Author: Kay Ruth (---.as0.wlby.oh.voyager.net)

Date: 05-27-02 20:24

Hi John, THe dr you have to see first is Dr Lever,he knows all about hcm.Jims surgeon was Dr Smedira , Dr Lever sets everything up .Jim was with University hospital and they wanted him to go to Mayo clinic also. We live 20 mins. from the cleveland clinic .Don't expect to get an appointment right away , it takes a few weeks. Jim was supposed to come home today but he has some a-fib they have to control first otherwise the procedure went great. Sounds like you need more than a myectomy, Jim had no other problems like you have. Your Best bet is to call the clinic and they can steer you in the right direction,they have many great Drs and surgeons.Good luck to you and keep in touch if I can answer any questions .The clinic doesn't leave many unanswered ones they are extremely thorough. Kay.

~~~~~~~~~~~~~~~~~~~~~~~~~~~~~~~~~~~~~~

[Re: reply to John]

Author: Terri Wallace (---.proxy.aol.com)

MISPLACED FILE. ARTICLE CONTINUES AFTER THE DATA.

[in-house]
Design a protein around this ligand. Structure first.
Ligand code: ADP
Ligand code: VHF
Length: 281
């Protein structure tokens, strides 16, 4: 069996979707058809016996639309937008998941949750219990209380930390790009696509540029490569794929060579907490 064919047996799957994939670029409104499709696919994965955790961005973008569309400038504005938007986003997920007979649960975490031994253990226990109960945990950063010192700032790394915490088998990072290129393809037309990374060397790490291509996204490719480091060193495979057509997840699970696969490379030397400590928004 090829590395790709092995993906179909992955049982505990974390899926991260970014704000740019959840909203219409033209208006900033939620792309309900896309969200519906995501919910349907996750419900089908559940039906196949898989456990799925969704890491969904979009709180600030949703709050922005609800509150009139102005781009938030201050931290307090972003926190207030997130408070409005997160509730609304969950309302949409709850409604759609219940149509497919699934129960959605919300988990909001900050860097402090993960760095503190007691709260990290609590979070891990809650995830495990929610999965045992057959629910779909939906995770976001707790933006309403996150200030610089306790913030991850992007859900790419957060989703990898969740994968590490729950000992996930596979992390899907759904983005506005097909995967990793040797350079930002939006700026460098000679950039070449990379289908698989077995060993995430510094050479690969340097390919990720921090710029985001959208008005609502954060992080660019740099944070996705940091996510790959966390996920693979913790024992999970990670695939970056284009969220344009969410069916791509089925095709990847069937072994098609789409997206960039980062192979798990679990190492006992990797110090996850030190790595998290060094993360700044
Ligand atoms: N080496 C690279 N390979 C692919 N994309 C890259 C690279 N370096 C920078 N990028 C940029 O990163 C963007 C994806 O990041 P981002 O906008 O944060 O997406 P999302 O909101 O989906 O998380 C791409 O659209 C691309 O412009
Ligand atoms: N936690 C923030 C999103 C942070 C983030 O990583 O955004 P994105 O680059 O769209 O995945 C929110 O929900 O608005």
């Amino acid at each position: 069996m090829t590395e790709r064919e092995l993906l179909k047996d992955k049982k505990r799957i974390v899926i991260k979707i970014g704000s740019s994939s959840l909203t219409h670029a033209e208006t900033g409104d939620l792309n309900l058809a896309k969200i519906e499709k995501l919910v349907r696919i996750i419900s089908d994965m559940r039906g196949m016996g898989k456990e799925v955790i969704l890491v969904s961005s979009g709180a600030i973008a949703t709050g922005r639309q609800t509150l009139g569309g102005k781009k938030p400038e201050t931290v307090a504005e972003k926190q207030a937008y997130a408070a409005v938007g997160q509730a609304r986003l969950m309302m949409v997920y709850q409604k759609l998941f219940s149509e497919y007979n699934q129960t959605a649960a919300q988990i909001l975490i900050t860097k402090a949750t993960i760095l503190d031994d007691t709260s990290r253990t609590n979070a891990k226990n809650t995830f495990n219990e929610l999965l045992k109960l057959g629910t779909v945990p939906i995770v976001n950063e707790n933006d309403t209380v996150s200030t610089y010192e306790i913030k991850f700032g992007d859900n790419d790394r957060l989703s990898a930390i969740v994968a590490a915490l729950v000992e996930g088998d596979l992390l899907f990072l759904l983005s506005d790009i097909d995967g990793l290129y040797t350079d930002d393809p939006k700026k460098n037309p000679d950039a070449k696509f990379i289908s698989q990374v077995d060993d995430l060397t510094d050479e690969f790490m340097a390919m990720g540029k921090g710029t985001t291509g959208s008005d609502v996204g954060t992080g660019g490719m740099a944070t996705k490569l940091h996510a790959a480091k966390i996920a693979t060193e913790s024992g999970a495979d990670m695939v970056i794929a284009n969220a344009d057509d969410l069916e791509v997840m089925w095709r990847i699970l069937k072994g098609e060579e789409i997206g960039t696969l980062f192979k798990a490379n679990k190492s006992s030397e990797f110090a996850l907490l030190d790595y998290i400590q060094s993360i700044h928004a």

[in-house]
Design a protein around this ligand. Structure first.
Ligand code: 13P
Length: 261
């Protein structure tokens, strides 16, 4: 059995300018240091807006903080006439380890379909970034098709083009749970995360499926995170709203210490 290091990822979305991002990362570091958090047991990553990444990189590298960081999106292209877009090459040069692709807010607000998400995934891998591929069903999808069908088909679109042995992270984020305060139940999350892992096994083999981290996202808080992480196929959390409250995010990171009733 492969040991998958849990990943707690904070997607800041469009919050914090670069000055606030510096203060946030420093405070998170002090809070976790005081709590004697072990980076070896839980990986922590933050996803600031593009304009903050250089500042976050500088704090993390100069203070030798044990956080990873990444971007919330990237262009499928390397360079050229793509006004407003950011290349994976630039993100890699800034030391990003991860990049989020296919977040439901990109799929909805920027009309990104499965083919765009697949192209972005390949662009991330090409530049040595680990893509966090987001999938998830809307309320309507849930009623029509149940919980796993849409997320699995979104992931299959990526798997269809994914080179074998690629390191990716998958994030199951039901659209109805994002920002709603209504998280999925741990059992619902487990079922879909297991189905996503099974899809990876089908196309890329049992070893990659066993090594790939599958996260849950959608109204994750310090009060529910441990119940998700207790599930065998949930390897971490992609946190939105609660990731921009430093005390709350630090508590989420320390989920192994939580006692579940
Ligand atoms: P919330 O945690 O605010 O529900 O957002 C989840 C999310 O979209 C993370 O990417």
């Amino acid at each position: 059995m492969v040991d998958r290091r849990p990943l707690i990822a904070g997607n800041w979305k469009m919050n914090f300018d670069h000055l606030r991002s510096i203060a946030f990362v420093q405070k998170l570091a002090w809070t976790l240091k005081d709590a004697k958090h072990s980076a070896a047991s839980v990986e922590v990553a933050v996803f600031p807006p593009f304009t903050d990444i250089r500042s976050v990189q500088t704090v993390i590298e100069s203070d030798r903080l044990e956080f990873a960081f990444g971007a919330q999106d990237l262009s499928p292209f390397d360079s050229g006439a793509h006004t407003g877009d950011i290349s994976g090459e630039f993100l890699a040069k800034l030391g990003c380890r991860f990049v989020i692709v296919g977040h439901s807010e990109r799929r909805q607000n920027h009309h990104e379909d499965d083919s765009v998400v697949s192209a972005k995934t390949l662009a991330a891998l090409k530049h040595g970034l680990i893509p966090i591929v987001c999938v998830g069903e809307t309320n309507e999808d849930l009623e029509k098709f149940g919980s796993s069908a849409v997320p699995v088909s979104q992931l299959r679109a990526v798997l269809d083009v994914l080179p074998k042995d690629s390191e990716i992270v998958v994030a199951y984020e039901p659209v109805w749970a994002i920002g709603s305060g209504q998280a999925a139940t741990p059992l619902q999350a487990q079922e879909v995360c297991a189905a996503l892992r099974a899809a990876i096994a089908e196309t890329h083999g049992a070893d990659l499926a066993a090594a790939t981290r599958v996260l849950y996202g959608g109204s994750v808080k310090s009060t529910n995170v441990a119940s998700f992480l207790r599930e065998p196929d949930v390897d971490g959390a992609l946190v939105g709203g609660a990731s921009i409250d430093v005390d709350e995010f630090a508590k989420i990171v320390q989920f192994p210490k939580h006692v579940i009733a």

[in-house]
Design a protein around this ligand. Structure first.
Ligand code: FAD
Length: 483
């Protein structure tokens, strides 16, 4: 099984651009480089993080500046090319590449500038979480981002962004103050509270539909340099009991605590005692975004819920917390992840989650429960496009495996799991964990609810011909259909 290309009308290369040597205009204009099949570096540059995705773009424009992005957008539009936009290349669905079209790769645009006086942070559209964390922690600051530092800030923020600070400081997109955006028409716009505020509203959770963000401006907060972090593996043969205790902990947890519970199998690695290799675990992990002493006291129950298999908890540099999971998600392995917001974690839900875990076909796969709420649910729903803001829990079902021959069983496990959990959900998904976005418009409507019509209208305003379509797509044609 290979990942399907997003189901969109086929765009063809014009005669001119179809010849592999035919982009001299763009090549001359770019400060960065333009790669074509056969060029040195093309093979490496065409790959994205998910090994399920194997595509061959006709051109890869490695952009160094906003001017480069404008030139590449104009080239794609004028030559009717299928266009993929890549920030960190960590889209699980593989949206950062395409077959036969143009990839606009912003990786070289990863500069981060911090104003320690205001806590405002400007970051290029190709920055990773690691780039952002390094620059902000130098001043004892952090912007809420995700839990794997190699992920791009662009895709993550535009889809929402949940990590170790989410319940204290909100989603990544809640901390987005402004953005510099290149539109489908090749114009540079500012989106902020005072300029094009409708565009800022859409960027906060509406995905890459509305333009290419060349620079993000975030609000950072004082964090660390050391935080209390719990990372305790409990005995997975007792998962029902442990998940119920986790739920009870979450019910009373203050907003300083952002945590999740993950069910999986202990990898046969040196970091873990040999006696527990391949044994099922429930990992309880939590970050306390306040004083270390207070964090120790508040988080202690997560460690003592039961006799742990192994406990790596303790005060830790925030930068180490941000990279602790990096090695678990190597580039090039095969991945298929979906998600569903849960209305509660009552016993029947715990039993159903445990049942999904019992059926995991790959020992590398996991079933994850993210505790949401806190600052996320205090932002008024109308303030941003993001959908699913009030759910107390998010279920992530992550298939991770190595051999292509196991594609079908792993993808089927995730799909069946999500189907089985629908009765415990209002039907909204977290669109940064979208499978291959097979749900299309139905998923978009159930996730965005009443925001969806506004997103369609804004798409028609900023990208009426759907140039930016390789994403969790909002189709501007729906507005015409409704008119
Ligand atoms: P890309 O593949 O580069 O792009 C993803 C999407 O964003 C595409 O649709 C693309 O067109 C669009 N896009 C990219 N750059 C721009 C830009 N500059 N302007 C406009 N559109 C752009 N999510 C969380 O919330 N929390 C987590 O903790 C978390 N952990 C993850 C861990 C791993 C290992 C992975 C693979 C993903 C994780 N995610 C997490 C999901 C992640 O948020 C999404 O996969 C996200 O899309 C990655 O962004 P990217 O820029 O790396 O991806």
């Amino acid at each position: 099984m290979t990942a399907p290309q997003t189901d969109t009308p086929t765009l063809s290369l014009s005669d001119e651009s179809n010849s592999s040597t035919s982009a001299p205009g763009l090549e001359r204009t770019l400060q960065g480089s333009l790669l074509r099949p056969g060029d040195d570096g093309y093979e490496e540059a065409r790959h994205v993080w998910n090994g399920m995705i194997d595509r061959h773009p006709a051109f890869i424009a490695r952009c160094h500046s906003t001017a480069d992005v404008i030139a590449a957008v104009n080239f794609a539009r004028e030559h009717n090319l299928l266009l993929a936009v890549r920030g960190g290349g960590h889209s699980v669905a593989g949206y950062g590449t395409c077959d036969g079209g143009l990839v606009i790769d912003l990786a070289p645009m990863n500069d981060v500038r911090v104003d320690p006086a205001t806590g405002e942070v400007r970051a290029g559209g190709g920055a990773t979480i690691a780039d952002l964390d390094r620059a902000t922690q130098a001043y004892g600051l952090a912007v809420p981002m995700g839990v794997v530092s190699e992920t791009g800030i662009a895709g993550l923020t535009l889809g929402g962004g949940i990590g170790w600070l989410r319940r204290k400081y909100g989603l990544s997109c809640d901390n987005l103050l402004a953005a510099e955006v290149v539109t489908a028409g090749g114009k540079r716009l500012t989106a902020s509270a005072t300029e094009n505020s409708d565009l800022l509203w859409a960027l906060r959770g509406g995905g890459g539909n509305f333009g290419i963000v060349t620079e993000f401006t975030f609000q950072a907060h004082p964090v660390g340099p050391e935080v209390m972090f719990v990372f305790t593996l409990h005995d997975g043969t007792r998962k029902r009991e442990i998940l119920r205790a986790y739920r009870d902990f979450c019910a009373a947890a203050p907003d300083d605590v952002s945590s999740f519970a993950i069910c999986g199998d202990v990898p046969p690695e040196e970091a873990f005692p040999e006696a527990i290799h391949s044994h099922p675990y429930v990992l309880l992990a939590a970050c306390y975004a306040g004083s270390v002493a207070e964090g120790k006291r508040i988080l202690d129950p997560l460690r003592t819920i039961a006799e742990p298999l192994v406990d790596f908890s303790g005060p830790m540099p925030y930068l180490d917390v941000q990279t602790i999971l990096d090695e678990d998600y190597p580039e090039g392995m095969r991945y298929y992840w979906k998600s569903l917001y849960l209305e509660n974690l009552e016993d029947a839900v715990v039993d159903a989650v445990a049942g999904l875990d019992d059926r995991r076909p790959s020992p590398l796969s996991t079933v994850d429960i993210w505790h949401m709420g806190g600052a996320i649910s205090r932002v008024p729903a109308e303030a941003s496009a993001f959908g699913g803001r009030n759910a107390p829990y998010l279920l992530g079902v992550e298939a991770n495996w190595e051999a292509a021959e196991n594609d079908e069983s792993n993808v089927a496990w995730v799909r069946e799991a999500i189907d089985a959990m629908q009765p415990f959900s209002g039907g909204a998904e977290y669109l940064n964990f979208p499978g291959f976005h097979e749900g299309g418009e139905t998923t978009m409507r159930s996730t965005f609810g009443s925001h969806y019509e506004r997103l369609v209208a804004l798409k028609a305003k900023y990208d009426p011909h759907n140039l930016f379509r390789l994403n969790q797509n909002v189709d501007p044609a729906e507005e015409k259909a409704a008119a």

Date: 05-28-02 14:13

Dear John,

Cardiomyopthy is only one of my heart problems. Along with ventricular fibrillation, and 4 stents. I have lived through a heart attack followed by 2 episodes of sudden cardiac death, and a coma. My advice to you and your whole family is to find the best and compassionate doctor who specializes in cardiovascular diseases. Be thankful to God that they found your problem early. Follow your doctors advise. You can live with this. Your whole family needs to learn CPR if they have not already. Read everything you can on your heart problem. This way it is easier to talk to your doctor and understand what they tell you.

My final words of advise are to seek God and pray. This way you can avoid depression. These words may be strong but you are stronger! I would have loved to have had this advise 3 years ago.